Sombre – Philippe Grandrieux
I direct music videos, and I’ve been lucky enough to have three of them premiered here on CVLT NATION – The Gathering for Young and In The Way, Fall With Me for Liar in Wait and Meredith for Empires of Light. I’m really interested in how images can be as powerful as music, and I really want to share with you some of the strangest, most unsettling and powerful films I’ve ever seen. These films may not be widely known outside of a small obsessive audience, but they are all films I think the readers of CVLT Nation will love.
For Sombe, I’m going to steal a user-submitted plot synopsis from imdb (because it’s a perfect description) – “A car, following the Tour de France. Children screaming in front of the puppet show. Women, often prostitutes, trying to scream as they are being strangled. Then he will meet Claire, the virgin who will give herself to him, and perhaps deliver him…”
Why am I recommending this film to you? Because nothing has scared me like this film. Nothing has got under my skin like Sombre. Where as most horror films tell you to look at the monster, Sombre tells you you are the monster.
It’s hard to say anything about this film without saying that the film is mostly very dark and very out of focus. And this is it’s brilliance. But never try to watch it in the daytime. Watch it at night with all the lights off. And get some good headphones or some quality speakers – the film is filled with deep ambient drones (by Suicide’s Alan Vega) that hum like obsessive thoughts in the killer’s head.
It’s a serial killer film with the strangest of plots; a man stalks suburban France nominally following the Tour de France and performing a puppet show to kids; along the way he meets and dispatches a selection of young women. But then (sort of) he falls in love with one of them. And it becomes a (sort of) romance. A really (really) fucked up romance. It’s a great inescapable romance. There is no logic to their love, like all the best relationships you ever had. Everything screams run away, but she can’t escape.
Maybe even this description does not get across the full nerve-wracking, visceral, physical horror of the film. Grandrieux presents us with sense impressions as much as images. Landscapes, a car driving in the hills, crowds, massive silent faces of screaming children, a caravan in the dark. And then the first murder, where body parts and moments of violence emerge from that ever-present oily darkness. The murders are long and suffocating, the hand-held camera nervously and voyeuristically observing. We hear the screams, the gasps for air, the tears and the pleading.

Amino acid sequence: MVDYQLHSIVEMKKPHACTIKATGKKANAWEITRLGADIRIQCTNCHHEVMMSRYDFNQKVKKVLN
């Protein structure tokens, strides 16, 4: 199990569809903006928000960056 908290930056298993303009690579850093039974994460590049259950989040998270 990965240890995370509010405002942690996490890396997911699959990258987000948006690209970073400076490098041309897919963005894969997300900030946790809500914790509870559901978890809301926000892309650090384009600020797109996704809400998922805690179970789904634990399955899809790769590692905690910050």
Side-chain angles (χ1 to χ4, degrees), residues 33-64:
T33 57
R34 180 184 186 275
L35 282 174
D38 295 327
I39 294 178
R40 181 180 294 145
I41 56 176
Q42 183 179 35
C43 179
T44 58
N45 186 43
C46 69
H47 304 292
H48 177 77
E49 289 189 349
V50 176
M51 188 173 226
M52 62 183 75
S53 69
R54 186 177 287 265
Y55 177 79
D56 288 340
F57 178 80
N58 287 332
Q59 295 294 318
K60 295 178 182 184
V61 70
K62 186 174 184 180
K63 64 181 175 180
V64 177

Then we are asked to understand that the killer can and will be loved.
Sombre never tells us why he kills. He just does. There is no comforting reasoning about childhood trauma or the nature of evil. There are no police investigating his crimes. He is unstoppable, not because he is super human, but because everyone else is all too human – too human to care about the fate of others. The victim’s fate is unavoidable. They appear in his car. We never discover his secret technique or the history of the poor souls who he will murder. He kills, there are victims and this is how the world works.
Grandrieux picks all of this out with a roaming hand-held camera, a physical camera that pushes your face into the gloom. Around twenty five minutes in, there is an simple sequence where the killer looks out at a lake. The camera nervously sweeps around and picks out the very edge of a corpse in the bottom of the frame. It jerks away and up to the clouds – it cannot look at the body before returning slowly to rest on the body again. Now it observes obsessively.
We also never know why she stays with him. Maybe she feels that she can save him. It’s not a spoiler to say she doesn’t. In one extended sequence, a parody of first date, he takes her clubbing but forces her to get so drunk beforehand that she can’t run away. She attempts to tell others on the dance floor that she has been kidnapped, but she can’t stop laughing or dancing. No one believes her or listens to her, as all the men want to have her. The scene that follows this has the best ever use of Bauhaus’s “Bela Lugosi’s Dead.” A vision of terrifyingly normal horror where we end up wanting the killer to be her saviour. The killer’s urges aren’t so far removed from the guys on the dance floor of any small town night club on a Friday night.
Luckily, the whole film is available on Youtube. You’ll need to be able to speak French to get the most out of it (no subtitles I’m afraid). Even if you just watch that wordless opening, you’ll get some way to experiencing the power of the film. You should then check out his second film, La Vie Nouvelle, which is thankfully mostly in English. Oh and he directed Marilyn Manson’s “Holes into Happiness” video, but I’ll let you decide if you want to watch that.
You can see my own work at jbradburn.tumblr.com or at facebook.com/jpbradburn. If you’re interested in filmmaking or music videos, then get in touch and I’ll be happy to share what I’ve learned so far. If you’ve got films, then I’d love to see them too. Just get in touch at email@example.com